I'm trying to model GARCH volatility on electricity prices. Typically the first step is to use prices to obtain log returns to make them stationary. I have encountered a small problem however: electricity prices can go negative. So returns defined as

\begin{array}{cc} r_t:=\log(P_t / P_{t-1}) \end{array}

will produce some undefined values. I have gotten around it by using differences

\begin{array}{cc} r_t:=P_t - P_{t-1}, \end{array}

but I'm wondering if there is a better method out there.

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    $\begingroup$ This is not about GARCH but about defining returns in presence of negative prices. I suggest you remove the garch tag. $\endgroup$ Commented Jan 23, 2017 at 18:03
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    $\begingroup$ As Richard previously noted, the solution is probably to approach your assumptions on the distribution of changes in electricity prices. I have a hard time believing that the distribution of continuous changes in electricity prices is normal. I'd hazard a guess as a layperson that electricity prices themselves are much more normally distributed than their continuous rate of change. Rather than modeling the volatility of change in price, you can just directly model the volatility of prices. $\endgroup$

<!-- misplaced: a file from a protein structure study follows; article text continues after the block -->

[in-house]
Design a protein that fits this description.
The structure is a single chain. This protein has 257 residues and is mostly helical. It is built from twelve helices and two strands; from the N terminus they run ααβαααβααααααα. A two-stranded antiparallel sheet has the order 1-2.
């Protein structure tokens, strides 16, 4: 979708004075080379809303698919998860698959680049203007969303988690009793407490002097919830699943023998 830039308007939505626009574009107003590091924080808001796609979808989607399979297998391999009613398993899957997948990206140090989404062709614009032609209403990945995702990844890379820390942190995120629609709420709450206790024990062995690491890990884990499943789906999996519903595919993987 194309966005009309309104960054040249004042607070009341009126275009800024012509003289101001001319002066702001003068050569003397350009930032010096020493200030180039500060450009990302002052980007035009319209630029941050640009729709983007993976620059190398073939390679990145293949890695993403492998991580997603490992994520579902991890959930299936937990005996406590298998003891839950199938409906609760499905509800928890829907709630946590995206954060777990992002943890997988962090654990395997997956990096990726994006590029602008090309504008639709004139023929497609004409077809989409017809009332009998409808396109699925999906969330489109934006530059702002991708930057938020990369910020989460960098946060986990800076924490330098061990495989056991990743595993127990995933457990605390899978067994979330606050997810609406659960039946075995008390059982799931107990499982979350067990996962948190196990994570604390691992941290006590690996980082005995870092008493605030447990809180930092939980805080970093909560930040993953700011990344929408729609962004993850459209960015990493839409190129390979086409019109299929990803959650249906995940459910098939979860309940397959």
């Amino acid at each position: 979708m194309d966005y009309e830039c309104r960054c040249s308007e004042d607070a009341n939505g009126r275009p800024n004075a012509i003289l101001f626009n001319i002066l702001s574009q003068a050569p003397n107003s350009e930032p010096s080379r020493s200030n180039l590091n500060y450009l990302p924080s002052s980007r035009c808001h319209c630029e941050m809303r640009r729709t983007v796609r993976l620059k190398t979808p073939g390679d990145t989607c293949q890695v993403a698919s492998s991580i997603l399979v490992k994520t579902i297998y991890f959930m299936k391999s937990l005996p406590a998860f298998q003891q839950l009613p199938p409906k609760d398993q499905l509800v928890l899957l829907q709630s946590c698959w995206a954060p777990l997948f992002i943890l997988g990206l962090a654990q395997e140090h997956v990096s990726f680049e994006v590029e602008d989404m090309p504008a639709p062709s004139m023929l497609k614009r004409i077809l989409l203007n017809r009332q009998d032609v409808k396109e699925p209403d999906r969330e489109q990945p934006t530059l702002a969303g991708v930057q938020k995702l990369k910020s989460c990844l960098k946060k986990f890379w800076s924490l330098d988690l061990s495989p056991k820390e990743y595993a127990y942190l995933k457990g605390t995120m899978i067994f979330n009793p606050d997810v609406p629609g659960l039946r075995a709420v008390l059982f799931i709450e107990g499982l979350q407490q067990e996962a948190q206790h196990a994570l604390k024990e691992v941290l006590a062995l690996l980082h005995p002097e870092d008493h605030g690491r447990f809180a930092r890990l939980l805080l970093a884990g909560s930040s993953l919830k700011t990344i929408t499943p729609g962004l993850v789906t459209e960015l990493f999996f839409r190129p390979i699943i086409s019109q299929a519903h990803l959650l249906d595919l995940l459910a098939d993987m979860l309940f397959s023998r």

– milkmotel
    Commented Jan 23, 2017 at 19:42
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    $\begingroup$ You don't. The concept of 'returns' does not make sense for products that can have negative prices. You should work with price differences instead. $\endgroup$ Commented Apr 28, 2020 at 9:18

1 Answer 1


are hyperbolic sine transformation, could also not to take log of p(t)/p(t-1),



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